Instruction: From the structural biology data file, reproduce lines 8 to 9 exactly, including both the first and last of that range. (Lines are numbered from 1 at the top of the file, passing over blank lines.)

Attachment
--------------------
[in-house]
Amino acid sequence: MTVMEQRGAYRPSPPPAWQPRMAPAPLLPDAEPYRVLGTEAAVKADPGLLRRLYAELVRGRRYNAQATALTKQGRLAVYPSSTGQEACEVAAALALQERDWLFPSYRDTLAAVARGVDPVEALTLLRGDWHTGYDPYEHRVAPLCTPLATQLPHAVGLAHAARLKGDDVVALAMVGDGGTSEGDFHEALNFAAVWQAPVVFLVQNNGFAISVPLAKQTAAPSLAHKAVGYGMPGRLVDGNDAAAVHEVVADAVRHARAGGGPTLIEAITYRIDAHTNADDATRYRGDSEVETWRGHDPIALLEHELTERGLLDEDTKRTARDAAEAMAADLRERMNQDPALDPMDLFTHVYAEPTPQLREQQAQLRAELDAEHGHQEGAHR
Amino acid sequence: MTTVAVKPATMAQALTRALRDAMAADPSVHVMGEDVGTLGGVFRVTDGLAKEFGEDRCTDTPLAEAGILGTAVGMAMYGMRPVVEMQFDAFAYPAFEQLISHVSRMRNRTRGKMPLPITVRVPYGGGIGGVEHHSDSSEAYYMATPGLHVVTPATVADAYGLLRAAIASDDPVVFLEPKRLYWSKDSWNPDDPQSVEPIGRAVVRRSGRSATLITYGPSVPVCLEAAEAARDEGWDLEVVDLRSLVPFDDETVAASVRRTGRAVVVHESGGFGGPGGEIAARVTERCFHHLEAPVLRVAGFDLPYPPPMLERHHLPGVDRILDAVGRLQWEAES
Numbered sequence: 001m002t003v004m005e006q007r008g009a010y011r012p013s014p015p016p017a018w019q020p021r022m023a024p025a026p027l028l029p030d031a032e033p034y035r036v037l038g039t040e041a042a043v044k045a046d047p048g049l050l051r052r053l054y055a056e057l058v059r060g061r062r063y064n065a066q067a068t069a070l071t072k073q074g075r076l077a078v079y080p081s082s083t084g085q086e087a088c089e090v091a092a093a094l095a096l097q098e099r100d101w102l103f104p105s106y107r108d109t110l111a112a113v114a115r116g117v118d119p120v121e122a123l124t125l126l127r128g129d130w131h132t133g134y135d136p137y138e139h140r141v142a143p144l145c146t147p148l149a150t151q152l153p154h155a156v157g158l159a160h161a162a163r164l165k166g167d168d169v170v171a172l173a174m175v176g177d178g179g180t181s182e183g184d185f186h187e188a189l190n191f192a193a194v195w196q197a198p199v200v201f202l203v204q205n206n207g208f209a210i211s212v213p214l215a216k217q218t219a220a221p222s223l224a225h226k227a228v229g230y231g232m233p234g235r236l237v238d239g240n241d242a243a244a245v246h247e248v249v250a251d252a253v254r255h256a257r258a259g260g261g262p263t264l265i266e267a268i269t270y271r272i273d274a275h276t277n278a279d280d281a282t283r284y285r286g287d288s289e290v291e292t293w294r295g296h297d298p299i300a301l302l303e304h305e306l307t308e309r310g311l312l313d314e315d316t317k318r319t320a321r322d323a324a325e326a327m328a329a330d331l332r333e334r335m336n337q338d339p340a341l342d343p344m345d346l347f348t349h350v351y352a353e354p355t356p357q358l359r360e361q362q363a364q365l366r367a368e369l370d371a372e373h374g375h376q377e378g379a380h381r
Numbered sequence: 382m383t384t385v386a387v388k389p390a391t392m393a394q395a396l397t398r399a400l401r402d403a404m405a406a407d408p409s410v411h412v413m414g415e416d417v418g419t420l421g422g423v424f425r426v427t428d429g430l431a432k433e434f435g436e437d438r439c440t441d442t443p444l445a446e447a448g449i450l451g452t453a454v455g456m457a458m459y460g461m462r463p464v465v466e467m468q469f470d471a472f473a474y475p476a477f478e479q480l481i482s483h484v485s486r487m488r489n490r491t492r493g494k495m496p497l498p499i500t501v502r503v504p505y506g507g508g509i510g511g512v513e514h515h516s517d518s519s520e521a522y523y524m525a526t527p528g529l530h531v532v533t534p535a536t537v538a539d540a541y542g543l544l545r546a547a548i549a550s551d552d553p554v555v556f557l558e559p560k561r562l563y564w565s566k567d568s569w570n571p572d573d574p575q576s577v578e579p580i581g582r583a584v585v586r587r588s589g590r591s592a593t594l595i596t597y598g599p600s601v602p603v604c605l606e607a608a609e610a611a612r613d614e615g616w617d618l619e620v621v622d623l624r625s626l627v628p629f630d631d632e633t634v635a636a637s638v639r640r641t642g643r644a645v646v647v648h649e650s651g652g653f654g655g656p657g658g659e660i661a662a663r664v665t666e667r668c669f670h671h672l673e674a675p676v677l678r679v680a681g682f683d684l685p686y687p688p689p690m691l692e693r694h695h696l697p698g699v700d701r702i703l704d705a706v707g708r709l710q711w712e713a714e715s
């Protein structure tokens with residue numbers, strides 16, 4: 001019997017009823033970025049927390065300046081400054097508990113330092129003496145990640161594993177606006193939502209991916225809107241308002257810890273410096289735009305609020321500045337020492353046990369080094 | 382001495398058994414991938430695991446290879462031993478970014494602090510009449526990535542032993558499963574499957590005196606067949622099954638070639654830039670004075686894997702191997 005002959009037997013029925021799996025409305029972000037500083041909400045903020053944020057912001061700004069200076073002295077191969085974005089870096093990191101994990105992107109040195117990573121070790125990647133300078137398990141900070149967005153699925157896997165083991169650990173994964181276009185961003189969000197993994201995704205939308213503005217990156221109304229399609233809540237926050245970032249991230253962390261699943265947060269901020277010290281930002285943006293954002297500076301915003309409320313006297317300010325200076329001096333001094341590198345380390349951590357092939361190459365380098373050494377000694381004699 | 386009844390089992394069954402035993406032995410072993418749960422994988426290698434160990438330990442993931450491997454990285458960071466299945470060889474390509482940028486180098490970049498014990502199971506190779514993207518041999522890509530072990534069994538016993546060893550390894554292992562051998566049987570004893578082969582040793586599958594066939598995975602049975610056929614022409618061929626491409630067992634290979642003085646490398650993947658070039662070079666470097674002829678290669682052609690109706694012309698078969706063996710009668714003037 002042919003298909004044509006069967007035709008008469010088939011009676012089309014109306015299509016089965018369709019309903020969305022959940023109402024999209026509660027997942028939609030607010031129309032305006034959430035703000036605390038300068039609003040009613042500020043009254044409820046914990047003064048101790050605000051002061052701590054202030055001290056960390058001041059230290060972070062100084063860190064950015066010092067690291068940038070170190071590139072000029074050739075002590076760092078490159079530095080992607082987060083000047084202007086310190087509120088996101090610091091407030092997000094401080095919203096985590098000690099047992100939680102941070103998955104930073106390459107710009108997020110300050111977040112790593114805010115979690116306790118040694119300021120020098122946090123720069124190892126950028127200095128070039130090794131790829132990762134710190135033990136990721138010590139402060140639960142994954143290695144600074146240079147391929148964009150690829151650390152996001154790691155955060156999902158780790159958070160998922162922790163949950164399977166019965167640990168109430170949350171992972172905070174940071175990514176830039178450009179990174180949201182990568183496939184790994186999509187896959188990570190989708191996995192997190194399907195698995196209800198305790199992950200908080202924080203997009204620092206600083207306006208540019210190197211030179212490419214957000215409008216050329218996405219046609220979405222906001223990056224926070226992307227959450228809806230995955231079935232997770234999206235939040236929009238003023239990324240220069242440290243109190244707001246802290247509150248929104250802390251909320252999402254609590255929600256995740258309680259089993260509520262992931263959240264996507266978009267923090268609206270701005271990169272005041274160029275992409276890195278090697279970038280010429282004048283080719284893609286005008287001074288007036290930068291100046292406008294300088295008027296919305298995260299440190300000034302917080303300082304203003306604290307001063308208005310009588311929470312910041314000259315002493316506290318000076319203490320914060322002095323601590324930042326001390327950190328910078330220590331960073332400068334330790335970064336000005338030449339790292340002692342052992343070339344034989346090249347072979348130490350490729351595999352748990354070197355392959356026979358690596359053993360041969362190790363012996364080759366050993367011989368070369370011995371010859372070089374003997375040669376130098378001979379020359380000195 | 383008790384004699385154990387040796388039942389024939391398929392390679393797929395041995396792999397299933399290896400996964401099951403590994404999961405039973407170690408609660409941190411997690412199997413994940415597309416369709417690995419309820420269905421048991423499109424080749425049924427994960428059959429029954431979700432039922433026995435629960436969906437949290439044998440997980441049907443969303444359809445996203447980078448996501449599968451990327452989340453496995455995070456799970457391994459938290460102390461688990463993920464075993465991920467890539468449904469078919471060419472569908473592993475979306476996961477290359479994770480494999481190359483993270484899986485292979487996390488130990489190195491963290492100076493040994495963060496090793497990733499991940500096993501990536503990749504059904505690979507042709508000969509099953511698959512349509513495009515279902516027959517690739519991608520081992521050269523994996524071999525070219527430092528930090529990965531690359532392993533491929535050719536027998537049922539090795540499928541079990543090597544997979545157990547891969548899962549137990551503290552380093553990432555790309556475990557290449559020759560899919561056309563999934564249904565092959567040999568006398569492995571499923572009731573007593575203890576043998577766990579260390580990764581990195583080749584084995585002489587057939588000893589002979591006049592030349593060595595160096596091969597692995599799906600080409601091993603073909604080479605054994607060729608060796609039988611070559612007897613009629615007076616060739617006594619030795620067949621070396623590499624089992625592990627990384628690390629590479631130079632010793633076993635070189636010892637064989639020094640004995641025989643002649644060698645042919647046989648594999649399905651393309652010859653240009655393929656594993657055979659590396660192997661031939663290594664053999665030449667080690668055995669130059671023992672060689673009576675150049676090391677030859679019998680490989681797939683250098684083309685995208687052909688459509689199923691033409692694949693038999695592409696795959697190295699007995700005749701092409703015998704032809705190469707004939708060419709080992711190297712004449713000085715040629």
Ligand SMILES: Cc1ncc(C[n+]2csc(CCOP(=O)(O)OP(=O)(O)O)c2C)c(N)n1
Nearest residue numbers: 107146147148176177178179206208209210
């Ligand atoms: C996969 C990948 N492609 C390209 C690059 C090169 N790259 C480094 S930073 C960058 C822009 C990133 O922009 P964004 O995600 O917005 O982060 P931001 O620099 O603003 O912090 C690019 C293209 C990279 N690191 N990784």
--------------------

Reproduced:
Nearest residue numbers: 107146147148176177178179206208209210
């Ligand atoms: C996969 C990948 N492609 C390209 C690059 C090169 N790259 C480094 S930073 C960058 C822009 C990133 O922009 P964004 O995600 O917005 O982060 P931001 O620099 O603003 O912090 C690019 C293209 C990279 N690191 N990784």